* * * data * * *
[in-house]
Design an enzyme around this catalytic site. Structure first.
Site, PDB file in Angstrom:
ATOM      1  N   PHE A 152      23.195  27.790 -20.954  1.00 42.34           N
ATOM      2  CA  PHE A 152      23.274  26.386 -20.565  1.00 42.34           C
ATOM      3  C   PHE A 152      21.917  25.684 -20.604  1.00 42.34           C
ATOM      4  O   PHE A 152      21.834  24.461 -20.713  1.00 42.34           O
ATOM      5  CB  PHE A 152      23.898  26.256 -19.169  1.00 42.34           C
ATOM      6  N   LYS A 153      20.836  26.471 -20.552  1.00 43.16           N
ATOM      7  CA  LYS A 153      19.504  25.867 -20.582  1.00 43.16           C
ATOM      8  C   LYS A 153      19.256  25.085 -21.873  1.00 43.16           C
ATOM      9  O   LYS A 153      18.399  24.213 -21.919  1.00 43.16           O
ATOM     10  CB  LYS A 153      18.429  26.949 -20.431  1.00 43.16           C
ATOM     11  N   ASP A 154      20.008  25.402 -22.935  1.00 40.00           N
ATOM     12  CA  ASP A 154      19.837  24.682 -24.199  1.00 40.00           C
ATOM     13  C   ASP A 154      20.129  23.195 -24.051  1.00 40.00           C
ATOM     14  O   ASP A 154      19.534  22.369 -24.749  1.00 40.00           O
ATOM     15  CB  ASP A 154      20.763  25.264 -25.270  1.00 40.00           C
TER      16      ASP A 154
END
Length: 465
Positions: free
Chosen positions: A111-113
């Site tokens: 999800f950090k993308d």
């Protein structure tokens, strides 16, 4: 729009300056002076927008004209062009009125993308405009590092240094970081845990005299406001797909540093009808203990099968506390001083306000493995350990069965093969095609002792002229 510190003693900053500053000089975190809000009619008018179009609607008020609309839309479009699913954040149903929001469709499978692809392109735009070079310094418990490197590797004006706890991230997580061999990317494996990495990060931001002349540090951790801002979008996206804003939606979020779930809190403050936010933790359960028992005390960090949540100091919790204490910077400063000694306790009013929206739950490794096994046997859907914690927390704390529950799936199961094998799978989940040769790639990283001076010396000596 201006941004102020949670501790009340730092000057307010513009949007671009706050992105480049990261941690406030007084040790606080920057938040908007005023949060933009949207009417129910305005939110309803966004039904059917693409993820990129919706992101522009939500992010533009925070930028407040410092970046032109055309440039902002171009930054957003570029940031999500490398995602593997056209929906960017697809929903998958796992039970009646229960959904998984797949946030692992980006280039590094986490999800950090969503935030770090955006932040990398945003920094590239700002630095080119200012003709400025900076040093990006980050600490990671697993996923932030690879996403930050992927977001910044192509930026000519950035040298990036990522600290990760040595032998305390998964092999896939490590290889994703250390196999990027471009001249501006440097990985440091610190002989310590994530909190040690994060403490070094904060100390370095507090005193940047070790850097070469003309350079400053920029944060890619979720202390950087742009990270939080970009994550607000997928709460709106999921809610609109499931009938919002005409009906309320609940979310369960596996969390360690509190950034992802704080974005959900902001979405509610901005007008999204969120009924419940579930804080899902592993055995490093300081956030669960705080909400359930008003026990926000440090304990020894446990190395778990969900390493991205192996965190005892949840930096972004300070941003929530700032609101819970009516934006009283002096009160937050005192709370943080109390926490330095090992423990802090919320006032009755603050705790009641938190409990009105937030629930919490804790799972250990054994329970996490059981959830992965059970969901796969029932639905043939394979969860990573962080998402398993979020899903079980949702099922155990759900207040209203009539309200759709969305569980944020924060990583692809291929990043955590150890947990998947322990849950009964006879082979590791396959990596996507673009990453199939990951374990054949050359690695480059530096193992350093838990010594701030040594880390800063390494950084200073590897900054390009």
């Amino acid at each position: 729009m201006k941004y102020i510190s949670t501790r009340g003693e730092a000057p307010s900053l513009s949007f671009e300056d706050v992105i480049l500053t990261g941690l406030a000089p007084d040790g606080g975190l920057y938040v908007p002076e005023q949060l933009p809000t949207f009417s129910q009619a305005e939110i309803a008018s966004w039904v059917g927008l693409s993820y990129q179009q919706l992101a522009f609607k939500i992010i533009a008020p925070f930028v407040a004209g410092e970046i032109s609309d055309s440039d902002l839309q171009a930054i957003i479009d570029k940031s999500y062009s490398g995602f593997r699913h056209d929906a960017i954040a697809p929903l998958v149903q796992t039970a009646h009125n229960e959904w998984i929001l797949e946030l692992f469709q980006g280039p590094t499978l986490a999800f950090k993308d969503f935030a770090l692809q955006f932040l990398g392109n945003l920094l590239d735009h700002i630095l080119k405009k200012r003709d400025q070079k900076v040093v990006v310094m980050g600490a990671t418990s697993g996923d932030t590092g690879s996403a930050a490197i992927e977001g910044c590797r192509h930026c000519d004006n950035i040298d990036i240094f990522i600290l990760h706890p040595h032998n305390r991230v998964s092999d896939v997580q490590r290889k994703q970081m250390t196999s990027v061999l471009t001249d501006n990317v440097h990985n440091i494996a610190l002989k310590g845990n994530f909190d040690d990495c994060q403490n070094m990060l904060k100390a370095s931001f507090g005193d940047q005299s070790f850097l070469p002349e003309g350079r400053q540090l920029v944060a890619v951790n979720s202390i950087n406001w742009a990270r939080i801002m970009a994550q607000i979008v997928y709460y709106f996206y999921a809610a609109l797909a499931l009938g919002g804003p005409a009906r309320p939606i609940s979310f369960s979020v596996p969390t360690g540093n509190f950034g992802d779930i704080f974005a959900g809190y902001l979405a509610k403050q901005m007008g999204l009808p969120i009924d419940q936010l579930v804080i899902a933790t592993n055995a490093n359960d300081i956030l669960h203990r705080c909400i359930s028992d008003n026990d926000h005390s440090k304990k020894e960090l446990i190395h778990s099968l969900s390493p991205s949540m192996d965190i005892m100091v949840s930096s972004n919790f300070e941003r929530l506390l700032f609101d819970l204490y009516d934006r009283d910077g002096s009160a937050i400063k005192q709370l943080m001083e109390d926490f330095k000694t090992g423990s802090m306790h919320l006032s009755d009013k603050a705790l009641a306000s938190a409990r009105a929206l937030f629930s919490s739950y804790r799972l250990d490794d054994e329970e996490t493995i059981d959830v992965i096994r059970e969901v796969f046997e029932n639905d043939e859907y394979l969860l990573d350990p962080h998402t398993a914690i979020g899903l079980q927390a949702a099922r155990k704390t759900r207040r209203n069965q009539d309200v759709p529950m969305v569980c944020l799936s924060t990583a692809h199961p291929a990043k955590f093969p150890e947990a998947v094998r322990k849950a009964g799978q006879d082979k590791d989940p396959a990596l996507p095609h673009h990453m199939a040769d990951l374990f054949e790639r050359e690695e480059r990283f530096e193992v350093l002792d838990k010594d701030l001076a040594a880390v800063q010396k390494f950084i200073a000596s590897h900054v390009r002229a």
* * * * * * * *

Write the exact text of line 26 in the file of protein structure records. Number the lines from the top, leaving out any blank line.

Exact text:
């Amino acid at each position: 729009m201006k941004y102020i510190s949670t501790r009340g003693e730092a000057p307010s900053l513009s949007f671009e300056d706050v992105i480049l500053t990261g941690l406030a000089p007084d040790g606080g975190l920057y938040v908007p002076e005023q949060l933009p809000t949207f009417s129910q009619a305005e939110i309803a008018s966004w039904v059917g927008l693409s993820y990129q179009q919706l992101a522009f609607k939500i992010i533009a008020p925070f930028v407040a004209g410092e970046i032109s609309d055309s440039d902002l839309q171009a930054i957003i479009d570029k940031s999500y062009s490398g995602f593997r699913h056209d929906a960017i954040a697809p929903l998958v149903q796992t039970a009646h009125n229960e959904w998984i929001l797949e946030l692992f469709q980006g280039p590094t499978l986490a999800f950090k993308d969503f935030a770090l692809q955006f932040l990398g392109n945003l920094l590239d735009h700002i630095l080119k405009k200012r003709d400025q070079k900076v040093v990006v310094m980050g600490a990671t418990s697993g996923d932030t590092g690879s996403a930050a490197i992927e977001g910044c590797r192509h930026c000519d004006n950035i040298d990036i240094f990522i600290l990760h706890p040595h032998n305390r991230v998964s092999d896939v997580q490590r290889k994703q970081m250390t196999s990027v061999l471009t001249d501006n990317v440097h990985n440091i494996a610190l002989k310590g845990n994530f909190d040690d990495c994060q403490n070094m990060l904060k100390a370095s931001f507090g005193d940047q005299s070790f850097l070469p002349e003309g350079r400053q540090l920029v944060a890619v951790n979720s202390i950087n406001w742009a990270r939080i801002m970009a994550q607000i979008v997928y709460y709106f996206y999921a809610a609109l797909a499931l009938g919002g804003p005409a009906r309320p939606i609940s979310f369960s979020v596996p969390t360690g540093n509190f950034g992802d779930i704080f974005a959900g809190y902001l979405a509610k403050q901005m007008g999204l009808p969120i009924d419940q936010l579930v804080i899902a933790t592993n055995a490093n359960d300081i956030l669960h203990r705080c909400i359930s028992d008003n026990d926000h005390s440090k304990k020894e960090l446990i190395h778990s099968l969900s390493p991205s949540m192996d965190i005892m100091v949840s930096s972004n919790f300070e941003r929530l506390l700032f609101d819970l204490y009516d934006r009283d910077g002096s009160a937050i400063k005192q709370l943080m001083e109390d926490f330095k000694t090992g423990s802090m306790h919320l006032s009755d009013k603050a705790l009641a306000s938190a409990r009105a929206l937030f629930s919490s739950y804790r799972l250990d490794d054994e329970e996490t493995i059981d959830v992965i096994r059970e969901v796969f046997e029932n639905d043939e859907y394979l969860l990573d350990p962080h998402t398993a914690i979020g899903l079980q927390a949702a099922r155990k704390t759900r207040r209203n069965q009539d309200v759709p529950m969305v569980c944020l799936s924060t990583a692809h199961p291929a990043k955590f093969p150890e947990a998947v094998r322990k849950a009964g799978q006879d082979k590791d989940p396959a990596l996507p095609h673009h990453m199939a040769d990951l374990f054949e790639r050359e690695e480059r990283f530096e193992v350093l002792d838990k010594d701030l001076a040594a880390v800063q010396k390494f950084i200073a000596s590897h900054v390009r002229a």